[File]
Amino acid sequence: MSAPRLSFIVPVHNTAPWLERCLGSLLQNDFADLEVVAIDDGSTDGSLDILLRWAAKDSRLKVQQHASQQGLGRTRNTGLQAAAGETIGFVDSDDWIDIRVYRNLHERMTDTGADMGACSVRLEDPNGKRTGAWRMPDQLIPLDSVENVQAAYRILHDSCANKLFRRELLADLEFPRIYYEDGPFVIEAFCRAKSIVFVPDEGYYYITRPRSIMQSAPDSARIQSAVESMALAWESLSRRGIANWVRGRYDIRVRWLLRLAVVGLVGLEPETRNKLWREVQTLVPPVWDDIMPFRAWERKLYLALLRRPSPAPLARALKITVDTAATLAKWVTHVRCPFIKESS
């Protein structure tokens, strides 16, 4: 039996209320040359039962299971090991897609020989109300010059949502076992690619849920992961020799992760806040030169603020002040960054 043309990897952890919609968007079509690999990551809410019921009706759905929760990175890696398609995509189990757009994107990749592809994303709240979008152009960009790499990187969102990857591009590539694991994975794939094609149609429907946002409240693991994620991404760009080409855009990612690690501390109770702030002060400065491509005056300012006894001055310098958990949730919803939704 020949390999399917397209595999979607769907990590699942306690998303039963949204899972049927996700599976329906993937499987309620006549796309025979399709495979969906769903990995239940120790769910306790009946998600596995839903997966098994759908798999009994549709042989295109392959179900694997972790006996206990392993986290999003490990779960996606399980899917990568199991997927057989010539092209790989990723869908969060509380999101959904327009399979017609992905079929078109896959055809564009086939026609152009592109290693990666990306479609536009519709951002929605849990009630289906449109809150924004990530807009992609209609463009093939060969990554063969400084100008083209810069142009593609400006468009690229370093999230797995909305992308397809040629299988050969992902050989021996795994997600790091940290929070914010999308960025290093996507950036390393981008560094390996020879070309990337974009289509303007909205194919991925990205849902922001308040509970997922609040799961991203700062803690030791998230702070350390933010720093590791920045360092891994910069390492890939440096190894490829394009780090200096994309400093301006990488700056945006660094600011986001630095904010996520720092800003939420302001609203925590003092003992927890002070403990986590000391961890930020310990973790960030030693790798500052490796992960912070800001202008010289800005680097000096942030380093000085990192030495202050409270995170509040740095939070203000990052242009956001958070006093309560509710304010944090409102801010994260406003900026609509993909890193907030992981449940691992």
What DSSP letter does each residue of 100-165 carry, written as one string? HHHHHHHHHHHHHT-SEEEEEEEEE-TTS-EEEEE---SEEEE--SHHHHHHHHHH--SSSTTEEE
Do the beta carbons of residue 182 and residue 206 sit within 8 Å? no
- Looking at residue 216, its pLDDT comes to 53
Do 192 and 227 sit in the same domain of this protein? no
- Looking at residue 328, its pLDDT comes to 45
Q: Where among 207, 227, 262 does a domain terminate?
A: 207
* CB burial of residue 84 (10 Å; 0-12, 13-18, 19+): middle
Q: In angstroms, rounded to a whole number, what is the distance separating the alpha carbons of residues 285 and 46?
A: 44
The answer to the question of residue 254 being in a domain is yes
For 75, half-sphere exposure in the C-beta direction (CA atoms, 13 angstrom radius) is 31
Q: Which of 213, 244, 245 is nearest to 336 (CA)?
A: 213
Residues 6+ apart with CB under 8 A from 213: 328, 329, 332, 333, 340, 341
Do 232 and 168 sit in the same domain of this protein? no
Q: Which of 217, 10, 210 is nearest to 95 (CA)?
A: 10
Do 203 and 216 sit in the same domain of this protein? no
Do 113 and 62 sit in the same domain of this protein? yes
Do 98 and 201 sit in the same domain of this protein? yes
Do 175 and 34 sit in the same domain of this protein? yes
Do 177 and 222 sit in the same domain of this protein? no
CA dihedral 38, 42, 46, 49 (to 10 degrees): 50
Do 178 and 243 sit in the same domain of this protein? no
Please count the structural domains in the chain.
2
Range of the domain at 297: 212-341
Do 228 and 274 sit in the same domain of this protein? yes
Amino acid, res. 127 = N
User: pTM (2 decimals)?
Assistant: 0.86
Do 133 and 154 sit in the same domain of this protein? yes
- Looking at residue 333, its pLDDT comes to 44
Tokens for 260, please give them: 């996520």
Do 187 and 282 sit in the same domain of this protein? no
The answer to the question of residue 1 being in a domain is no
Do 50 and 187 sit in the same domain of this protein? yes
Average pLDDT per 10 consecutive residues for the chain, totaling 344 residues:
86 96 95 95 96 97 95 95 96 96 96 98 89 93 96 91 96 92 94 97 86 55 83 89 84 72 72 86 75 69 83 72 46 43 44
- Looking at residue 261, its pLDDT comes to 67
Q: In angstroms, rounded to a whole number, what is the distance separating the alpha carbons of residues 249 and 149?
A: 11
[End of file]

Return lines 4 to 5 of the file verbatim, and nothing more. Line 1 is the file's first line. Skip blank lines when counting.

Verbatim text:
Do the beta carbons of residue 182 and residue 206 sit within 8 Å? no
- Looking at residue 216, its pLDDT comes to 53